That doesn’t sound right, but it’s what the experts at Pro Football Focus have concluded based on a statistic they call pass rushing productivity (PRP), which is formulated like this:
Sacks + 0.75 (Hits + Hurries)/ Number of Snaps Rushing The Passer * 100
The idea, of course, is that a great pass rusher can’t simply be measured by how many sacks he records. And while it’s not breaking news that sacks are probably a tad overrated, a lot of people will still have a hard time wrapping their head around the idea that Carlos Dunlap, who has three sacks this season and 12.5 in his career, is the league’s most productive pass rusher.
Now, there should be an asterisk for Dunlap, because he’s a sub-package player who’s typically on the field in passing situations and off the field in running situations. And that was also sometimes the case earlier in the season for Von Miller, who ranks second on the PFF list.
After Dunlap and Miller are Trent Cole, Cameron Wake and Chris Long. Few would dispute their spots in the top five. But the league’s top two sack leaders — DeMarcus Ware and Jared Allen — didn’t make the top 10. In fact, Allen was ranked all the way down in the 43 spot.
In terms of sheer pressure, no one has applied more of it than Chris Long, who has a combined 61 sacks, hits and hurries this season. But Long has also rushed the quarterback more than almost anyone in the league.
I appreciate what Pro Football Focus has done here, but I’d like to see how much the numbers would change if they were to give less weight to hits and hurries. There’s a reason why the same elite group of players lead the league in sacks every year. As author Khaled Elsayed noted, Aaron Rodgers’ completion percentage drops from 76 to 54 when he faces pressure, but it’s zero percent and lost yardage when he takes a sack.
So is a hurry really worth 75 percent of a sack? Or, put differently, is getting four hurries the same thing as getting three sacks? I have a hard time believing that’s the case, but I’m not about to challenge these football geniuses.
I talked sacks and pass rushing with Elsayed today. Here’s our conversation…
Are sacks the most overrated statistic?
It’s definitely one of them. It’s probably not as overrated as the tackle stat, but it can definitely be quite misleading.
Explain why the tackle is more overrated…
A tackle can be made 20 yards down the field or after a first down has already been given up. So it’s not necessarily a good play — it’s the kind of bare minimum you should be getting a lot of the time. So having big tackle numbers doesn’t necessarily equate to making a lot of good plays.
A lot of the same players are at the top of the league in sacks every year. Is that also a trend with PRP?
You tend to get the same guys near the top on a year-by-year basis. John Abraham’s always someone who’s been at the top or around the top. Same with Dwight Freeney, James Harrison, and DeMarcus Ware has always been there or thereabouts. So it does tend to equate to people who get more sacks being quite high on the list, because if you’re getting more sacks you tend to be getting more pressure. It’s just that there’s a bit of a gap there sometimes.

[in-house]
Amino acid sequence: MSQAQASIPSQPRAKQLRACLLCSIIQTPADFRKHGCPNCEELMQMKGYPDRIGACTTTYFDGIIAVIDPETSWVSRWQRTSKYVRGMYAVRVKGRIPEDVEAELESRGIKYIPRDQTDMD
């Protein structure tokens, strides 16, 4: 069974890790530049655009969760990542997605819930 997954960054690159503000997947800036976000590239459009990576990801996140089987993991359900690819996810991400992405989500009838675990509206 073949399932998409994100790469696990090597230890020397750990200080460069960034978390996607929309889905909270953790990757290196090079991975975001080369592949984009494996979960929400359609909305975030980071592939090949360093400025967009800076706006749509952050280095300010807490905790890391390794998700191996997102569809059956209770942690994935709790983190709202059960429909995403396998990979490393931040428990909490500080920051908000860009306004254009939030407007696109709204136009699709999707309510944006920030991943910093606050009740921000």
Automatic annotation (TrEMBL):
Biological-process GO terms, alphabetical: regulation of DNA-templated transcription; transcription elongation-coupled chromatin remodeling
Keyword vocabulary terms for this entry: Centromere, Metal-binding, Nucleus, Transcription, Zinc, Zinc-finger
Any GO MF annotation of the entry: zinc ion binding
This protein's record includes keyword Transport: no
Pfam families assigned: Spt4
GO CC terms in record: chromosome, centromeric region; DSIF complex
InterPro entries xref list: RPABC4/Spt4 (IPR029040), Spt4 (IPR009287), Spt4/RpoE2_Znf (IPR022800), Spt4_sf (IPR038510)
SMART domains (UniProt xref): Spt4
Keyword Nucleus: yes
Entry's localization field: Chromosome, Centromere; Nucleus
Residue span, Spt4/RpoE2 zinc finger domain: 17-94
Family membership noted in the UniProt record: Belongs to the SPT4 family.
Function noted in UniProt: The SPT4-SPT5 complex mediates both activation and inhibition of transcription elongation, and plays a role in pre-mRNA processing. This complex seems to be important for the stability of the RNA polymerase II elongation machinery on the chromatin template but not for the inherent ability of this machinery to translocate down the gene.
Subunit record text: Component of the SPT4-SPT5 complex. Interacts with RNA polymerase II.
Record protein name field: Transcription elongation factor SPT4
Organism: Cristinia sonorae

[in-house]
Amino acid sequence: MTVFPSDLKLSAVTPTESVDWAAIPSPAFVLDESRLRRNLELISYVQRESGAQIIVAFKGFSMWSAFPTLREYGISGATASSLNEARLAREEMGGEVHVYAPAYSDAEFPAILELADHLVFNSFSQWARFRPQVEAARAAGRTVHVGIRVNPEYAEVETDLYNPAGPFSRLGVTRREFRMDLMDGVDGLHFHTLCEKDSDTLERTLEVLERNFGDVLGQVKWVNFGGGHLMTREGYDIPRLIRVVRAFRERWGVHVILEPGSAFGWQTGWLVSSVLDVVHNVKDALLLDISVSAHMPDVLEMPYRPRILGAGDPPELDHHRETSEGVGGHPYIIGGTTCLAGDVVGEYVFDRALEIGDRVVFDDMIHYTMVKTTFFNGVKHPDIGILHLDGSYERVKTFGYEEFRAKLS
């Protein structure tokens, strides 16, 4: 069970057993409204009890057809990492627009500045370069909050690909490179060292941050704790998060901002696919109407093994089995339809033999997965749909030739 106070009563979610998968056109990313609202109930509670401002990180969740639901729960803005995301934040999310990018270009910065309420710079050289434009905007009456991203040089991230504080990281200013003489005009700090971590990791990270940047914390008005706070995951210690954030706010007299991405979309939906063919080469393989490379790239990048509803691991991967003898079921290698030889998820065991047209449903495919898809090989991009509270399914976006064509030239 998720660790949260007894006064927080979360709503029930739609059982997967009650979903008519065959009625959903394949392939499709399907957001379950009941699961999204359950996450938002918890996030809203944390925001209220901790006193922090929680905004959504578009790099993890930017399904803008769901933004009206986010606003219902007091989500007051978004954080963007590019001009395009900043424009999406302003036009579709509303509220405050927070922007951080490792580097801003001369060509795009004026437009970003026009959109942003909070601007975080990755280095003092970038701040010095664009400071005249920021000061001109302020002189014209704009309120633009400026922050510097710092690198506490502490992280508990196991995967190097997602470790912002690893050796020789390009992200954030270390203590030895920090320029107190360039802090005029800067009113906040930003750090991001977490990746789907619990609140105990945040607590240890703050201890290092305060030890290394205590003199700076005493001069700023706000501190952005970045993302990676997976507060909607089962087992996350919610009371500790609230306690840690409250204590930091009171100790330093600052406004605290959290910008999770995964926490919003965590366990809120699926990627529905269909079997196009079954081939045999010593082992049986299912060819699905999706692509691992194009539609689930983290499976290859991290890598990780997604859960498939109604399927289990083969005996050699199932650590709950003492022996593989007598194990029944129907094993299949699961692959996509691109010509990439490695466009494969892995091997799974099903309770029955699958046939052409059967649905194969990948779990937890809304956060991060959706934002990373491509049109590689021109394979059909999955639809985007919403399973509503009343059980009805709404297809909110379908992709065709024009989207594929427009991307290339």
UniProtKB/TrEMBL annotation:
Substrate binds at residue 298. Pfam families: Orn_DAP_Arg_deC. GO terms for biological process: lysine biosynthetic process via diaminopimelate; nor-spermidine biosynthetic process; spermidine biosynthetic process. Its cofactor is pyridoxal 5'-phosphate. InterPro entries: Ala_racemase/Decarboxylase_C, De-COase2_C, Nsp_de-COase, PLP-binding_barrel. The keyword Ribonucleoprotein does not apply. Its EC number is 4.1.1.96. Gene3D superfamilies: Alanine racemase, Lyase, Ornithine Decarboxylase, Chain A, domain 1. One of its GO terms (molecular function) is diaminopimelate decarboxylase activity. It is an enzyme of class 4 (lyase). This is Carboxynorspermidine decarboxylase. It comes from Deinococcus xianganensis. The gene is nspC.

Jared Allen’s sack numbers are huge but he’s 43rd on your list. Why is he such an anomaly?
I think him and Jason Pierre-Paul are both lower down than their sacks would probably suggest. He’s just a closer, Jared Allen. He’s someone who when he gets to the quarterback he knows how to take him down. And he’s probably benefited quite a bit from going up against weaker tackles. I think he went to work on Levi Brown, but the last two weeks when he’s faced better tackles he hasn’t really done anything. I think against Will Svitek he didn’t get anything on him at all. And against Jared Veldheer he only drew one penalty and picked up another pressure. So he’s probably not the elite pass rusher like, say, Dwight Freeney, who can take over a game. But he’s got that kind of motor. And he plays a lot of snaps as well — someone like Dwight Freeney is rotated quite a lot, whereas Jared Allen rarely comes off the field, which is quite rare for a defensive end.
I always thought that Jared Allen may have benefited more than we believed from the presence of Ray Edwards. And we’ve seen Robert Mathis with Freeney in Indy and Anthony Spencer in Dallas with Ware. Do you think complementary pass rushers are a big factor?
I think it’s overplayed to a degree, because you don’t get as many double-teams as people would like to believe there are. A double-team does happen on occasion, but you’ll probably find it happens more on the inside and especially on running plays than in pass protection. I think the average NFL team will leave maybe five, five-and-a-half guys on every pass play — they’re normally sending their skill position players out. So I do think it’s overplayed to a degree.
You weight a hit or a hurry as essentially 75 percent of what a sack is. I feel that number might be a bit high. Have you done the calculations at lower or high numbers? And why’d you arrive at .75?
When we started this it was a bit of a round number and it was weighted more towards sacks. But what we’ve done is looked at our grading — so we’ve looked at all the times that someone’s got a hit or a pressure or a sack and we’ve created grades. We have a grading scale so a sack isn’t necessarily worth the same as a hit or a pressure. You can get a hit that’s worth more than a sack, because it’s all about the time or how quickly you beat someone to get that. So we looked at the average of what a hit and a pressure came to and compared that to a sack and it was roughly 75 percent of that.